1820
ENGLISH POETRY 1579-1830: SPENSER AND THE TRADITION

Verses supposed to be written in a Burial-Ground belonging to the Society of Friends.

Poems, by Bernard Barton.

Bernard Barton


Sixteen Spenserians, dated 1819. Responding to Thomas Gray's Elegy Written in a Country Churchyard, Bernard Barton explains why the Quakers disallow sepulchral monuments: "The poet's page, indeed, would fain supply | A specious reason for the sculptor's art; | Telling of 'holy texts that teach to die:' | But much I doubt they seldom reach the heart | Of church-yard rovers." This is one of a series of "Quaker" imitations of Gray's poem, though surely the only one written in Spenserian stanzas. The first appears to be John Wagstaffe's An Elegy written in a Quakers' Burial Ground (1764).

Bernard Barton to William Jerdan: "For my own part, I am a fearless and firm believer not only in the refining, humanising, influence of a pure literary taste, of a love for the 'vision and the faculty divine,' but of its perfect compatibility with the letter and the spirit of our code and creed. It has been said of us, that we are the most illiterate sect in the Christian world, that all our conversation of merchandise, &c. I do not see why such things necessarily should be, but I do know that the imputation will not be removed unless we have fair play given us, and we cannot be said to have this unless they, in whose hands is vested the power of dispensing notoriety, you who are the reporters of the literary commonwealth, will have sufficient magnimanity to overlook exterior disadvantages, and bring us forward. To superficial and heartless levity, the very scope afforded to sarcasm and wit by our mere attempts, will always offer an irresistible temptation.... It is not by such 'ultra-Crepidarian critics,' as they have been styled, that the real beauties of our best poets, our Spenser, Shakspeare, Milton, have been rightly felt; nor have these ever been truly susceptible of the emphasised energy of Byron, the simplicity of Wordsworth, the pathos of Campbell, the spirit and gracefulness of Scott, the tenderness of Rogers; if they had, they would take up such a volume with kindlier feelings, and would rather rejoice in seeing Poetry acquire new votaries from a class unjustly supposed insensible to her charms, than ridicule their efforts" 19 March 1820; in Jerdan, Autobiography (1852-53) 3:119-20.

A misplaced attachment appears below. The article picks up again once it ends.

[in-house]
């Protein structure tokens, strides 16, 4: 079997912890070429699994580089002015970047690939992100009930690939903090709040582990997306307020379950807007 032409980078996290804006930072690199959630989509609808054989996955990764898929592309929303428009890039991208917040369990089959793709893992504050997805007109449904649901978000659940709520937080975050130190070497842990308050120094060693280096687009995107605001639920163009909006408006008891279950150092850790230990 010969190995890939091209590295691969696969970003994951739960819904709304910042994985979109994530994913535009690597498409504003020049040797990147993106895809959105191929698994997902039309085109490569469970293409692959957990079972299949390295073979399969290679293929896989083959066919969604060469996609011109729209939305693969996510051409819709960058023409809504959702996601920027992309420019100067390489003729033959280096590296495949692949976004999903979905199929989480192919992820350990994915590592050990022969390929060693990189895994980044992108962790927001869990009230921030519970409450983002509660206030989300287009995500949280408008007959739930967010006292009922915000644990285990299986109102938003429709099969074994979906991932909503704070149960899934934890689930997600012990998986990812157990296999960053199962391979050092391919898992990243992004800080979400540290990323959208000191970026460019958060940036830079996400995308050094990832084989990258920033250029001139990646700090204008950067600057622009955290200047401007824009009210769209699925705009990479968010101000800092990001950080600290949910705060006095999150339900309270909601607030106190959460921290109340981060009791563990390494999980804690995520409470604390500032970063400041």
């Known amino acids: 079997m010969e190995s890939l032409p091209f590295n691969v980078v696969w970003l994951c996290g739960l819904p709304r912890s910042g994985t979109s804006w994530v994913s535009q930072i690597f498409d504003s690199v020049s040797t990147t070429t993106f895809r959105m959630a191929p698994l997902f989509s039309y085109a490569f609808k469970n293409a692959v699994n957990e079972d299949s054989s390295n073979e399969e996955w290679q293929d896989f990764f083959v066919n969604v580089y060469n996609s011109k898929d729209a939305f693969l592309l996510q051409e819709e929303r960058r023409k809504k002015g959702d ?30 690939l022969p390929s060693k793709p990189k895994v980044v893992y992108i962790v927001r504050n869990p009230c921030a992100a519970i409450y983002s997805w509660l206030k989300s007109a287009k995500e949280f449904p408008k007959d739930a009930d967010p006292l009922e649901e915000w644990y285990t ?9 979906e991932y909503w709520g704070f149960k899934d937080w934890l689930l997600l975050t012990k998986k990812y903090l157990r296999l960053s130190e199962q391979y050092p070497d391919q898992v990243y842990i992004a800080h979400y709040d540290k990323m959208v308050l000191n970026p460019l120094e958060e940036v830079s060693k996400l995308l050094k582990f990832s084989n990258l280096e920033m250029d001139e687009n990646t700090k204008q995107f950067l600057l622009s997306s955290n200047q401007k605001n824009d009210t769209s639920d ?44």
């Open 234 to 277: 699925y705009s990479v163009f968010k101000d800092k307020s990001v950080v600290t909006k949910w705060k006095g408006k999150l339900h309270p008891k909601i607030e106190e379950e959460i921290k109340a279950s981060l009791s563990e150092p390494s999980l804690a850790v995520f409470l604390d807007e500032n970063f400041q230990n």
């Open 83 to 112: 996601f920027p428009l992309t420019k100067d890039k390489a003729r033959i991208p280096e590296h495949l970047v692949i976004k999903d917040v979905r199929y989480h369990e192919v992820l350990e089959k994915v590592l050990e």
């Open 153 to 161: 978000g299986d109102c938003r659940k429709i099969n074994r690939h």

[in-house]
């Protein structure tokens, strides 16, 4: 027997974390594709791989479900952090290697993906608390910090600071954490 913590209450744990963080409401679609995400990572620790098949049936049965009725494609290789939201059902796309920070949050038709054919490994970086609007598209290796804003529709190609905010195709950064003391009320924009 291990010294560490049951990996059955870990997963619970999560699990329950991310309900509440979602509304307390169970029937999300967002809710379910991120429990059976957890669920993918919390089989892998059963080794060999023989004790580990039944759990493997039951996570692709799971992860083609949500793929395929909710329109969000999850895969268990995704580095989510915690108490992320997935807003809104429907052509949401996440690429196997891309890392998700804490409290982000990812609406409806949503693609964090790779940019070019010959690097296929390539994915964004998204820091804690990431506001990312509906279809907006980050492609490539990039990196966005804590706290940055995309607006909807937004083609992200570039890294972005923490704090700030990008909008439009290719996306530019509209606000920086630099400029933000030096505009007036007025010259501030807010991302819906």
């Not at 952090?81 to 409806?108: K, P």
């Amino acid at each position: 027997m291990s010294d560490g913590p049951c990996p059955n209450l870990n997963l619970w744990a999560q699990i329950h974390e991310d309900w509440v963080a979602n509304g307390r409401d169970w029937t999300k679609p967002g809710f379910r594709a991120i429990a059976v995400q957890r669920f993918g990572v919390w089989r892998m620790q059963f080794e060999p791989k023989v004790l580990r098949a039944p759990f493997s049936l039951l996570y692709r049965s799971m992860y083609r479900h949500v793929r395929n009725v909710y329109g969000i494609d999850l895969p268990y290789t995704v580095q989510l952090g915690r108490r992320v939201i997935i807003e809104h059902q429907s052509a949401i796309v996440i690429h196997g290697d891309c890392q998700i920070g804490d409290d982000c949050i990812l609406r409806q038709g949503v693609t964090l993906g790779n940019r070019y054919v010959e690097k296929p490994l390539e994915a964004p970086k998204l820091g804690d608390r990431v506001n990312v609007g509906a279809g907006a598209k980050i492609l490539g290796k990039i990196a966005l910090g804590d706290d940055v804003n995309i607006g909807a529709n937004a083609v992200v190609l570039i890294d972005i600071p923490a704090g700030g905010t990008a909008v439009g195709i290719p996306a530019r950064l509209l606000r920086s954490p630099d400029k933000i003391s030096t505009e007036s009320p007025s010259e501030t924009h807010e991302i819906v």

Charles Lamb to Bernard Barton: "I am hardly able to appreciate your volume now. But I liked the Dedication much, and the apology for your bald burying-grounds. To Shelley, but that is not new. To the young Vesper-singer, Great Bealings, Playford, and what not?" 2 July 1825; in Barton, Memoir, Letters, and Poems (1850) 170.

A presentation copy of this volume appears in the catalogue of the 1844 sale of Southey's library; see A. N. L. Munby, Sale Catalogues of Libraries of Eminent Persons (1971-75) 9:91.



What though no sculptur'd monuments around,
With epitaphs engraven, meet me here;
Yet conscious feeling owns, with awe profound,
The habitation of the dead is near:
With reverend feeling, not with childish fear,